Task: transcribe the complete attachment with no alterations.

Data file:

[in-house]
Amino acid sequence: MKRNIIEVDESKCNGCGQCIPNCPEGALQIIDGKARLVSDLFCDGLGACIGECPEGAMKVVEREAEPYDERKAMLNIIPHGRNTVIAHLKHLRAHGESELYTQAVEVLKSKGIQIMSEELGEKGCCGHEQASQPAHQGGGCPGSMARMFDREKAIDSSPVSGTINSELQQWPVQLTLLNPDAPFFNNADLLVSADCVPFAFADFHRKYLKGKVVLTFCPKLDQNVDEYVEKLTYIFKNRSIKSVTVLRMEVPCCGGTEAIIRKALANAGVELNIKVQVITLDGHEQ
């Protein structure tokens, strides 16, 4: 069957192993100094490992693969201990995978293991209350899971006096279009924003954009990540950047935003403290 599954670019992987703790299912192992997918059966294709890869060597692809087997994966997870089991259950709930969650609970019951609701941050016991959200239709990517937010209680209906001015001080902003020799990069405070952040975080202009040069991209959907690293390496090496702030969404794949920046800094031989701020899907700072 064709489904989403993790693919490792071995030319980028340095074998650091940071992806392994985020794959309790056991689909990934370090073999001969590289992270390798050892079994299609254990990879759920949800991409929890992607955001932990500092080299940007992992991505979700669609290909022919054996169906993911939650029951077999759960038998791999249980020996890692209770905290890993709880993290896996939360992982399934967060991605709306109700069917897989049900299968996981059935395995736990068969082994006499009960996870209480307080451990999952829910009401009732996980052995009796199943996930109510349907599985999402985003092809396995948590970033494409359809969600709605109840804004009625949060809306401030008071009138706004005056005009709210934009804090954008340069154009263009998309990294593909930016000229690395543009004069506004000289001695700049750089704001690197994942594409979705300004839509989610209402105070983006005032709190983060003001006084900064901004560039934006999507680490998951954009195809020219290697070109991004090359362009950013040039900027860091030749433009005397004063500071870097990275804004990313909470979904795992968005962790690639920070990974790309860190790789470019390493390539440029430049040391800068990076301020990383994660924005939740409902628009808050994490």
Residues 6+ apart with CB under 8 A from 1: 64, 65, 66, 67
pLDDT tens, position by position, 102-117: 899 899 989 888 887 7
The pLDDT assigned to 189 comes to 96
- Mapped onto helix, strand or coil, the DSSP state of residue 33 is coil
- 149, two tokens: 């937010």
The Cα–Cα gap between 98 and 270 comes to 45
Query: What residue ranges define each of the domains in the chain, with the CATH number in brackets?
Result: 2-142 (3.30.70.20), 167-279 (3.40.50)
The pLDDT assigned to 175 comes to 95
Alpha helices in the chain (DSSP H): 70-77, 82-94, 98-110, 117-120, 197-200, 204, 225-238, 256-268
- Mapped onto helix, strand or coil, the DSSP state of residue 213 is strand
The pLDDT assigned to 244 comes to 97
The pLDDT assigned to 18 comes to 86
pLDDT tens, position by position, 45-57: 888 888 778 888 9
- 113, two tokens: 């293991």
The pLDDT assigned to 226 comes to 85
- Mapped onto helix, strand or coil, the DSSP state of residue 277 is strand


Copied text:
[in-house]
Amino acid sequence: MKRNIIEVDESKCNGCGQCIPNCPEGALQIIDGKARLVSDLFCDGLGACIGECPEGAMKVVEREAEPYDERKAMLNIIPHGRNTVIAHLKHLRAHGESELYTQAVEVLKSKGIQIMSEELGEKGCCGHEQASQPAHQGGGCPGSMARMFDREKAIDSSPVSGTINSELQQWPVQLTLLNPDAPFFNNADLLVSADCVPFAFADFHRKYLKGKVVLTFCPKLDQNVDEYVEKLTYIFKNRSIKSVTVLRMEVPCCGGTEAIIRKALANAGVELNIKVQVITLDGHEQ
């Protein structure tokens, strides 16, 4: 069957192993100094490992693969201990995978293991209350899971006096279009924003954009990540950047935003403290 599954670019992987703790299912192992997918059966294709890869060597692809087997994966997870089991259950709930969650609970019951609701941050016991959200239709990517937010209680209906001015001080902003020799990069405070952040975080202009040069991209959907690293390496090496702030969404794949920046800094031989701020899907700072 064709489904989403993790693919490792071995030319980028340095074998650091940071992806392994985020794959309790056991689909990934370090073999001969590289992270390798050892079994299609254990990879759920949800991409929890992607955001932990500092080299940007992992991505979700669609290909022919054996169906993911939650029951077999759960038998791999249980020996890692209770905290890993709880993290896996939360992982399934967060991605709306109700069917897989049900299968996981059935395995736990068969082994006499009960996870209480307080451990999952829910009401009732996980052995009796199943996930109510349907599985999402985003092809396995948590970033494409359809969600709605109840804004009625949060809306401030008071009138706004005056005009709210934009804090954008340069154009263009998309990294593909930016000229690395543009004069506004000289001695700049750089704001690197994942594409979705300004839509989610209402105070983006005032709190983060003001006084900064901004560039934006999507680490998951954009195809020219290697070109991004090359362009950013040039900027860091030749433009005397004063500071870097990275804004990313909470979904795992968005962790690639920070990974790309860190790789470019390493390539440029430049040391800068990076301020990383994660924005939740409902628009808050994490």
Residues 6+ apart with CB under 8 A from 1: 64, 65, 66, 67
pLDDT tens, position by position, 102-117: 899 899 989 888 887 7
The pLDDT assigned to 189 comes to 96
- Mapped onto helix, strand or coil, the DSSP state of residue 33 is coil
- 149, two tokens: 């937010």
The Cα–Cα gap between 98 and 270 comes to 45
Query: What residue ranges define each of the domains in the chain, with the CATH number in brackets?
Result: 2-142 (3.30.70.20), 167-279 (3.40.50)
The pLDDT assigned to 175 comes to 95
Alpha helices in the chain (DSSP H): 70-77, 82-94, 98-110, 117-120, 197-200, 204, 225-238, 256-268
- Mapped onto helix, strand or coil, the DSSP state of residue 213 is strand
The pLDDT assigned to 244 comes to 97
The pLDDT assigned to 18 comes to 86
pLDDT tens, position by position, 45-57: 888 888 778 888 9
- 113, two tokens: 């293991």
The pLDDT assigned to 226 comes to 85
- Mapped onto helix, strand or coil, the DSSP state of residue 277 is strand